On November 15, 2017, Stephanie Avakian and Steven Peikin, the Co-Directors of the Securities and Exchange Commission’s Division of Enforcement, published the Division’s Annual Report for fiscal year 2017. Avakian and Peikin emphasized the Division’s commitment to enforcing the federal securities laws in order to “combat wrongdoing, compensate harmed investors, and maintain confidence in the integrity and fairness of our markets.” They also emphasized their goals of shielding investors, discouraging misconduct, and reprimanding and penalizing those who violate the federal securities laws. To accomplish these goals, five core principles, according to Avakian and Peikin, will serve as the Division’s road map.
First, the Division will focus primarily on retail investors, who Avakian and Peikin believe are not only the most common market participants, but also are the most susceptible and least equipped to handle financial loss. The Division plans to keep confronting violations of the securities laws that can have a strong impact on retail investors, such as accounting fraud, sales of unsuitable products, Ponzi schemes, and pump and dump schemes. The Division has also established a Retail Strategy Task Force to formulate competent methods of confronting securities law violations that affect retail investors. The Retail Strategy Task Force will work with the SEC’s examination staff and the Office of Investor Education and Advocacy to pinpoint risk areas common to retail investors.
The Division will also place a strong focus on individual accountability. According to the Division, individual accountability is more successful at discouraging violations of the securities laws. Through individual accountability, “bad actors” can be compelled to give up any “ill-gotten gains,” and, can be suspended or barred from the securities markets. Avakian and Peikin acknowledged that this strategy could place more of a strain on the Division’s resources because individuals are more likely to turn to litigation than institutions.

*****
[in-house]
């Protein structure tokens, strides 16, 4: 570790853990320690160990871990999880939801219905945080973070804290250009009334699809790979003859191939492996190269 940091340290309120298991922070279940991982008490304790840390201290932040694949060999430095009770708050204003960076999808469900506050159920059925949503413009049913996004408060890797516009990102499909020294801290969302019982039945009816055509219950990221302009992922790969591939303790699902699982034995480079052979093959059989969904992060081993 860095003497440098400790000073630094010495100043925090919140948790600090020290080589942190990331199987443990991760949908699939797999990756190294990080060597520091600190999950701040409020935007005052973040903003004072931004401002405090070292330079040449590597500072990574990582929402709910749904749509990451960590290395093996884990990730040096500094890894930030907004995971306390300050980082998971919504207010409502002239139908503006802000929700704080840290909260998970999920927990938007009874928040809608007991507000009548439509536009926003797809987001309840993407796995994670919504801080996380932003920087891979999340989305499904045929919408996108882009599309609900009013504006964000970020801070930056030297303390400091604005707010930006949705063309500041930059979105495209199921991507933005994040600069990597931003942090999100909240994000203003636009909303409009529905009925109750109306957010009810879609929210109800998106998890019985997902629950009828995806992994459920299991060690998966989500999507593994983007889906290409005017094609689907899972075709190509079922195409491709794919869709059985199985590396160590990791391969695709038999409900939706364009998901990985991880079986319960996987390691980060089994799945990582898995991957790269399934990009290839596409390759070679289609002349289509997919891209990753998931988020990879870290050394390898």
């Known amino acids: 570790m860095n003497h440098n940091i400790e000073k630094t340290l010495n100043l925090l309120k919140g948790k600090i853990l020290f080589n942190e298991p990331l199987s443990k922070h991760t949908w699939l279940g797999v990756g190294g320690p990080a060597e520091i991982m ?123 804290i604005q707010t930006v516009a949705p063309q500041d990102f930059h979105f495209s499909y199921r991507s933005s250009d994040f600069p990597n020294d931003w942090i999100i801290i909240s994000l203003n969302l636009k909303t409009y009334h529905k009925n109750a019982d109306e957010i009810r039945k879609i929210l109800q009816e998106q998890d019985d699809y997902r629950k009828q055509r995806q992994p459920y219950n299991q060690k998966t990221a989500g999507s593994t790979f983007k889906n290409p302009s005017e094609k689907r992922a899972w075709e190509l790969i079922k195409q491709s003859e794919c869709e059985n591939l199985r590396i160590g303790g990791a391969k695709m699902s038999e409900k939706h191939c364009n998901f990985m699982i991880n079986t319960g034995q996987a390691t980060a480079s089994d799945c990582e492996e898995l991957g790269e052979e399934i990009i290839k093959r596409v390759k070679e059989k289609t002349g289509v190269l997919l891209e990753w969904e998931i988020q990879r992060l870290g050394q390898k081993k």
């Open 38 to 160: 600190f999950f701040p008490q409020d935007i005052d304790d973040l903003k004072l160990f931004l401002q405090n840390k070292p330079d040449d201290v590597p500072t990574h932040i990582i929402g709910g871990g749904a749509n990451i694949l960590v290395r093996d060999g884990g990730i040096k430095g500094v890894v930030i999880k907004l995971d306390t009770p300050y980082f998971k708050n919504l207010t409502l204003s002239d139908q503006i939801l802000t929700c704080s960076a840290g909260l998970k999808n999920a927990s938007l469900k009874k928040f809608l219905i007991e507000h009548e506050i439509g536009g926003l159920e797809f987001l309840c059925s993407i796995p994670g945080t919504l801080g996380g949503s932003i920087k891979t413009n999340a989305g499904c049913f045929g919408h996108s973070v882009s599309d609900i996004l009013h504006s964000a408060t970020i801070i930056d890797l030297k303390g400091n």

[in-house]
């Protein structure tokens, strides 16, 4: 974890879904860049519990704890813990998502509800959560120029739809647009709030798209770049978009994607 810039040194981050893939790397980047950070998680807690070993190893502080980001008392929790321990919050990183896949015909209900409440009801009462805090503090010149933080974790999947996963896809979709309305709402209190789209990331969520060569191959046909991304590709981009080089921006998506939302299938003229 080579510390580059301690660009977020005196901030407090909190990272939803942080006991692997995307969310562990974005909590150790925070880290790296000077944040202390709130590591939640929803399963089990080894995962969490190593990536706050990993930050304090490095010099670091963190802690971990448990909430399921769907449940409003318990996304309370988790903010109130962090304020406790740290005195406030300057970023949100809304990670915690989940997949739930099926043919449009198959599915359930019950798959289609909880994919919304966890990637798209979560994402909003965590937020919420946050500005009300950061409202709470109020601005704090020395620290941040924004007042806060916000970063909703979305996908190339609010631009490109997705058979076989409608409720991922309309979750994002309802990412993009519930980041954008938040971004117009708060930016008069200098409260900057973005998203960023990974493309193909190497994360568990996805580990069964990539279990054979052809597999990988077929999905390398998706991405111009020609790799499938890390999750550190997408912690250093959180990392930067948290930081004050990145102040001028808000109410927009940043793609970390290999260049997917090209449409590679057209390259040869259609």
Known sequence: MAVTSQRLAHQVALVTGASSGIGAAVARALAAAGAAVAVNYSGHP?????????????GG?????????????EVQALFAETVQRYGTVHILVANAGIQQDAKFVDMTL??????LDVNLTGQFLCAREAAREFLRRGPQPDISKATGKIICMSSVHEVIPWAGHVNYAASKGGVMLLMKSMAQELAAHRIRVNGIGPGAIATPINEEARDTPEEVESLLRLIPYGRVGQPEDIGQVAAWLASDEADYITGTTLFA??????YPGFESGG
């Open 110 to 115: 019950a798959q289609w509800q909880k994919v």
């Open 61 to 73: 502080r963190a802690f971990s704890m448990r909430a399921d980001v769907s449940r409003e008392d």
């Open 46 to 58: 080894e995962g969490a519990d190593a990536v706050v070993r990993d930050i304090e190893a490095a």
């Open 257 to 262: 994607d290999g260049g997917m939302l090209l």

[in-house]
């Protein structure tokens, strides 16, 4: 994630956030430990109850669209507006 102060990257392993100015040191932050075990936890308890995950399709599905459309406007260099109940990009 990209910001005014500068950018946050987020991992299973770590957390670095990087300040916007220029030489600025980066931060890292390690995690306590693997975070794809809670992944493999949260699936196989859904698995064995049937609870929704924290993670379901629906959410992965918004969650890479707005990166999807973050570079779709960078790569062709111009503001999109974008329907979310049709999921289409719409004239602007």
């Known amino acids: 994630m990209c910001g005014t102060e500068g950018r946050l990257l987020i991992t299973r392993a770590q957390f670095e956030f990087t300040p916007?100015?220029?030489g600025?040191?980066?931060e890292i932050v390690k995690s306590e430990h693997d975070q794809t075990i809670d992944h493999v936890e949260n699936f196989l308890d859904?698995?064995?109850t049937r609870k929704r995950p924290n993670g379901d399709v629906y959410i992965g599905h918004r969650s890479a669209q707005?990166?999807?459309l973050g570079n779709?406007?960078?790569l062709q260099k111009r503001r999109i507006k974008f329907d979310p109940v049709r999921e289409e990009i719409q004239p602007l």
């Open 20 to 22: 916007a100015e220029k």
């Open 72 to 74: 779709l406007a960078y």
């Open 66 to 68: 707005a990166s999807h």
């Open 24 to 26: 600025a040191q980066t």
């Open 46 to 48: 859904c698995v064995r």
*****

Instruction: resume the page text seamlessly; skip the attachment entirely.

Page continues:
Avakian and Peikin also plan for the Division to focus on keeping pace with technological change. As technology has developed, it has enabled certain bad actors to participate in cyber-related misconduct. In response, the Division founded a Cyber Unit earlier this year to address cyber-related violations of the securities laws. The Cyber Unit features experts in cyber intrusions, distributed ledger technology, and the dark web. The Cyber Unit’s members also work with the Department of Justice and other criminal authorities to “investigate and prosecute these increasing technology-driven violations.”
Avakian and Peikin also intend for the Division to focus on recommending sanctions that successfully help enforcement goals and they intend to evaluate the types of remedies that will be the most suitable in each relevant case, rather than taking a “formulaic or statistics-oriented approach.”
Avakian and Peikin also plan for the Division to continually examine the allocation of its resources. While the Division is the SEC’s largest Division, it has fewer than 1,200 professionals. Because of that, the Division must continually examine whether its resources are being allocated to confront the most noteworthy market risks in the most competent manner. The Division must focus primarily on the bad actors who present the greatest threats to investors and the market.
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